The last of the squadrons was the Prophet’s own, consisting entirely of Emigrants and Helpers. The glint of their steel gave them a greenish-black appearance, for they were fully armed and armored, only their eyes being visible. The Prophet had given his standard to Sa’d ibn ‘Ubadah, who led the van; and as he passed the two men at the side of the route he called out: “O Abu Sufyan, this is the day of slaughter! The day when the inviolable shall be violated! The day of God’s abasement of Quraysh.” The Prophet was in the midst of the troop, mounted on Qaswa’, and on either side of him were Abu Bakr and Usayd, with whom he was conversing. “O Messenger of God,” cried Abu Sufyan when he came within earshot, “hast thou commanded the slaying of thy people?” – and he repeated to him what Sa’d had said. “I adjure thee by God,” he added, “on behalf of thy people, for thou art of all men the greatest in piety, the most merciful, the most beneficent!” “This is the day of mercy,” said the Prophet, “the day on which God hath exalted Quraysh.” Then ‘Abd ar-Rahman ibn ‘Awf and ‘Uthman said to him, for they were close at hand: “O Messenger of God, we are not sure of Sa’d, that he will not make a sudden violent attack upon Quraysh.” So the Prophet sent word to Sa’d to give the standard to his son Qays, a man of relatively mild temperament, and to let him lead the squadron. To honor the son was to honor the father, and in the hand of Qays, the standard would still be with Sa’d. But Sa’d refused to hand it over without direct command from the Prophet, who thereupon unwound the red turban from his helmet and sent it to Sa’d as a token. The standard was immediately given to Qays.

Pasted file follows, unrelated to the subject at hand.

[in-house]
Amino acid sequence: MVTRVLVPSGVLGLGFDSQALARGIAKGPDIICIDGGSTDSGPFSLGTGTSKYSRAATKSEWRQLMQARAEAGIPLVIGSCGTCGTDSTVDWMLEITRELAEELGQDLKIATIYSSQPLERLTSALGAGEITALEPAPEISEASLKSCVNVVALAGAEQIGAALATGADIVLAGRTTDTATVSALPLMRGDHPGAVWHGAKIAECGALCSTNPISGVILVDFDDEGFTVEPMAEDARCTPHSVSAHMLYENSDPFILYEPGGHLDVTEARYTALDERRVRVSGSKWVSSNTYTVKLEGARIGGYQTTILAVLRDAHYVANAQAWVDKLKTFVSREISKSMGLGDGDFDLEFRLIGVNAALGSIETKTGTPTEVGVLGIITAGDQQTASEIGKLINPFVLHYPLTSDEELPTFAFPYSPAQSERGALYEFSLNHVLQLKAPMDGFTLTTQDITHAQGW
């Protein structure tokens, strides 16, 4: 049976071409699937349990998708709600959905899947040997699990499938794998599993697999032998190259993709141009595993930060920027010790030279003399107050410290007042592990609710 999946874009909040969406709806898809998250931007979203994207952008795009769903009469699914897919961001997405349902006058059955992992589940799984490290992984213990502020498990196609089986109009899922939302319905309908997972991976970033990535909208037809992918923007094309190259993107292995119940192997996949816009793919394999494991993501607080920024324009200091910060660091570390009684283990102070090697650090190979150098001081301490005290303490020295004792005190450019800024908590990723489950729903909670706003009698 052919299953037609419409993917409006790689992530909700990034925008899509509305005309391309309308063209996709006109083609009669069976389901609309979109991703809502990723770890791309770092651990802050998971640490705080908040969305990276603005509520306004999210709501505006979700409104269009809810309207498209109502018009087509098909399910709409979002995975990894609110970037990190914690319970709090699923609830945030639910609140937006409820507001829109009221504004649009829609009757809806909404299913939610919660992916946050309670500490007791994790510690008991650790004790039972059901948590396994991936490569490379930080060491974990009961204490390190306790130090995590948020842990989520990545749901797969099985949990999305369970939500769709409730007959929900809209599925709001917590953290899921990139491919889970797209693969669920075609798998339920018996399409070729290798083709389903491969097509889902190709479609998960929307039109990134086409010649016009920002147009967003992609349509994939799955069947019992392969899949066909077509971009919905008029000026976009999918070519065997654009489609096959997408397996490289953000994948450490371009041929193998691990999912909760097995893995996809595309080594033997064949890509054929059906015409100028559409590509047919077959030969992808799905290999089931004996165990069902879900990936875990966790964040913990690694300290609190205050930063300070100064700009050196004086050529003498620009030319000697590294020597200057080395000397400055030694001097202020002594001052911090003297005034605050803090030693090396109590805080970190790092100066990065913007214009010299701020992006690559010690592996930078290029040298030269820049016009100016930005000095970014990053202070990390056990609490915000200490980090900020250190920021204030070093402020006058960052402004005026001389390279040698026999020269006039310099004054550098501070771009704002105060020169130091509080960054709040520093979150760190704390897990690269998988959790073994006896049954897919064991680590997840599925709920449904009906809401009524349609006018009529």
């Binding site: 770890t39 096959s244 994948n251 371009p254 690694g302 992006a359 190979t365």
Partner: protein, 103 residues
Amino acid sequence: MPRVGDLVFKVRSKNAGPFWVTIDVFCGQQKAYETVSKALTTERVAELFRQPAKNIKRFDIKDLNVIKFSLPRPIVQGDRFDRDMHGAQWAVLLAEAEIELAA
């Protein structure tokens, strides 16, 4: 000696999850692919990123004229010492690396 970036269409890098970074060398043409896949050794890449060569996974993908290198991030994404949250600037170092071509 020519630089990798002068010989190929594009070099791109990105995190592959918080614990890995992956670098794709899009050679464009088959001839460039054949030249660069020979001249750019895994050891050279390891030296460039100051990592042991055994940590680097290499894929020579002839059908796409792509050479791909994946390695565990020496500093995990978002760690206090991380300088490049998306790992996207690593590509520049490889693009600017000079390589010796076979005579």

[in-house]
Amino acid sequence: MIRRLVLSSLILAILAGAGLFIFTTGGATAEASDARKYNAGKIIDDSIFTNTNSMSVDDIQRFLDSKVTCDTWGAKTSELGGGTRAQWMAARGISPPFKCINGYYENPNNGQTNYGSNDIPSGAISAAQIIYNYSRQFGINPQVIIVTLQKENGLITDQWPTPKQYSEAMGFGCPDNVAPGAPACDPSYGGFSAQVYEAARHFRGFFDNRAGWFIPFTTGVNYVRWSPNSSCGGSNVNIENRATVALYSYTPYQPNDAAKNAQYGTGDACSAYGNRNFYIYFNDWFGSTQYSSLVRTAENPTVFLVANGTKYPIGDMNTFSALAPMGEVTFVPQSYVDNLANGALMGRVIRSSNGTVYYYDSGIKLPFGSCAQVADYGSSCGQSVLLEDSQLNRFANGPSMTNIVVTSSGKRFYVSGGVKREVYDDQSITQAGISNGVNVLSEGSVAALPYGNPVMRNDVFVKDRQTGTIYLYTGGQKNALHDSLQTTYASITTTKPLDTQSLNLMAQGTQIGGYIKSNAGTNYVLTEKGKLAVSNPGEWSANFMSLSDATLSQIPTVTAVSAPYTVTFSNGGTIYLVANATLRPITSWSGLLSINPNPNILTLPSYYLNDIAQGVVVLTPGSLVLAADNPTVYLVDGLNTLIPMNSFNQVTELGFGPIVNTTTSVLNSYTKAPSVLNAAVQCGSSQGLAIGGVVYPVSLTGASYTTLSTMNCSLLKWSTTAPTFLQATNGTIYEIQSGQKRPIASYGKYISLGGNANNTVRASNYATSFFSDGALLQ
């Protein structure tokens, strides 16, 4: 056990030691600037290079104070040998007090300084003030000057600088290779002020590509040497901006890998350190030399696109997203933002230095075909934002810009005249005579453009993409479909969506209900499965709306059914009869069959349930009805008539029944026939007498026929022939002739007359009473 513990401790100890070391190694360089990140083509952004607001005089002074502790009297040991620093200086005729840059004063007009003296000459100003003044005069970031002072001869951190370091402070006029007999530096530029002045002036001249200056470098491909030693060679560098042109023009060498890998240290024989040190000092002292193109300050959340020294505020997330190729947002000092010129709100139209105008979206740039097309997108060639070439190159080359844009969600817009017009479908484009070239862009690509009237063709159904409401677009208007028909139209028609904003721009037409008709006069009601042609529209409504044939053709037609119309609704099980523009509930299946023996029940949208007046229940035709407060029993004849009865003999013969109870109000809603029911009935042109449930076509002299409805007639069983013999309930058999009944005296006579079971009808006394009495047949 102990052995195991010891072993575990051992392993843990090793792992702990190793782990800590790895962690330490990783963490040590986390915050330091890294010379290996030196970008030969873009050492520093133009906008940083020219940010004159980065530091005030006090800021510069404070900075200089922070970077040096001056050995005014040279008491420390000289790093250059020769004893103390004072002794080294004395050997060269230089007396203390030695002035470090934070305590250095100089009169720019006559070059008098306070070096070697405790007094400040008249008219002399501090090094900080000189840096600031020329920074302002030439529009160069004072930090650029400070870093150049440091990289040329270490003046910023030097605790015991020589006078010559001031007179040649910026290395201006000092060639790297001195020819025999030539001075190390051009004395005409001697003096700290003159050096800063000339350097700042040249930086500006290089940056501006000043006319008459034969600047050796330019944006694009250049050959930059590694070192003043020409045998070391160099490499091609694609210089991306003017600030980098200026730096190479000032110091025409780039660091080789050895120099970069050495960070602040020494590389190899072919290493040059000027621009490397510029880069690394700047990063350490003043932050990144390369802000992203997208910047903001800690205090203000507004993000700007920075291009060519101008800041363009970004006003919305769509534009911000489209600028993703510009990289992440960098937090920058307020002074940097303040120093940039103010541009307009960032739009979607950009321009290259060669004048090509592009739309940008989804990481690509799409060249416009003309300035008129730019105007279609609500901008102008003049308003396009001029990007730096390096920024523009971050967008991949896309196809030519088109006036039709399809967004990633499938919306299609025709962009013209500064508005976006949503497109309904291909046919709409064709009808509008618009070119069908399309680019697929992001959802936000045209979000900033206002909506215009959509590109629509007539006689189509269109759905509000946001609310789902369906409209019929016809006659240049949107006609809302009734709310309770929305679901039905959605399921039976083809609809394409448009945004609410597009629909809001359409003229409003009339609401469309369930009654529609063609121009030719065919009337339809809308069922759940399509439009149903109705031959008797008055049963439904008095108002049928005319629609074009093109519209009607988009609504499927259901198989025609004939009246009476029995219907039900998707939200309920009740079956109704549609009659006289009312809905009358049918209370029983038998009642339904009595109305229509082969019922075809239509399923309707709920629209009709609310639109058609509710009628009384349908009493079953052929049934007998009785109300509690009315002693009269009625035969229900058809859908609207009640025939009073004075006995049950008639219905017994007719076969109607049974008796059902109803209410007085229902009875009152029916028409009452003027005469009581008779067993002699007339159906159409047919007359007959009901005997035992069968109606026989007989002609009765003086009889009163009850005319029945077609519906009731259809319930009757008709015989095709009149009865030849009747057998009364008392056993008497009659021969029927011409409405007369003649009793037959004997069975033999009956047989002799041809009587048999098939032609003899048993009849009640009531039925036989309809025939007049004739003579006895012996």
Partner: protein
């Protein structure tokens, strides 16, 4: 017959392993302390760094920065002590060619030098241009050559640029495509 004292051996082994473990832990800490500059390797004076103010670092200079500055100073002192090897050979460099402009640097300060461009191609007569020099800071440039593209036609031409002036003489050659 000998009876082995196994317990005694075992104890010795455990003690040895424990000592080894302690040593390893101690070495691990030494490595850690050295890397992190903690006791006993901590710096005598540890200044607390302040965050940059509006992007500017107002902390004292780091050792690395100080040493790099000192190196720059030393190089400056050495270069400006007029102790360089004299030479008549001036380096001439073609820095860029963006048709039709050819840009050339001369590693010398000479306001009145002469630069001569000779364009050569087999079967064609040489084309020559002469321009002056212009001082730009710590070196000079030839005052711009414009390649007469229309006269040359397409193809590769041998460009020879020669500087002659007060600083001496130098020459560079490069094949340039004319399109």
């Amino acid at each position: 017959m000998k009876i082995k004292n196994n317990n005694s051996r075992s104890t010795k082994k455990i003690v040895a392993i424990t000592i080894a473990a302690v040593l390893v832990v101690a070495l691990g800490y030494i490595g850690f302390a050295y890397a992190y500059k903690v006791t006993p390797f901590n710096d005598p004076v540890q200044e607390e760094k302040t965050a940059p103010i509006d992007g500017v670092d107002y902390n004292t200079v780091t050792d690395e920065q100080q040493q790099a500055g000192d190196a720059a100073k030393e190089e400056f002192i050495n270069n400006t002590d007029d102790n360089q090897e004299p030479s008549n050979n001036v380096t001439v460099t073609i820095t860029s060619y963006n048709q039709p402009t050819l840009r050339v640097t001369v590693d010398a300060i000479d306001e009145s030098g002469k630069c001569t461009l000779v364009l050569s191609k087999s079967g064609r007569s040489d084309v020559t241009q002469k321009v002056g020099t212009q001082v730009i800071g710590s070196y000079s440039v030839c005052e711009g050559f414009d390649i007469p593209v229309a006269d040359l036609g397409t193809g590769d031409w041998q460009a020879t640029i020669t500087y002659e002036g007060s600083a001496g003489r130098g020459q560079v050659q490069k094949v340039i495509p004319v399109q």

When the army had passed, Abu Sufyan went back to Mecca with all speed, and standing outside his house he shouted at the top of his voice to a quickly gathering crowd: “O men of Quraysh, Muhammad is here with a force ye cannot resist. Muhammad is here with ten thousand men of steel.  And he hath granted me that whoso entereth my house shall be safe.” Hind now came out of the house and seized her husband by his mustaches. “Slay this greasy good-for-nothing bladder of a man,” she cried. “Thou miserable protector of a people!” “Woe betide you,” he shouted, “let not this woman deceive you against your better judgment, for there hath come unto you that which ye cannot resist. But whoso entereth the house of Abu Sufyan shall be safe.” “God slay thee!” they said. “What good is thy house for all our numbers?” “And whoso locketh upon himself his door shall be safe,” he answered, “and whoso entereth the Mosque shall be safe,” whereupon the crowd that had gathered dispersed, some to their houses and some to the Mosque.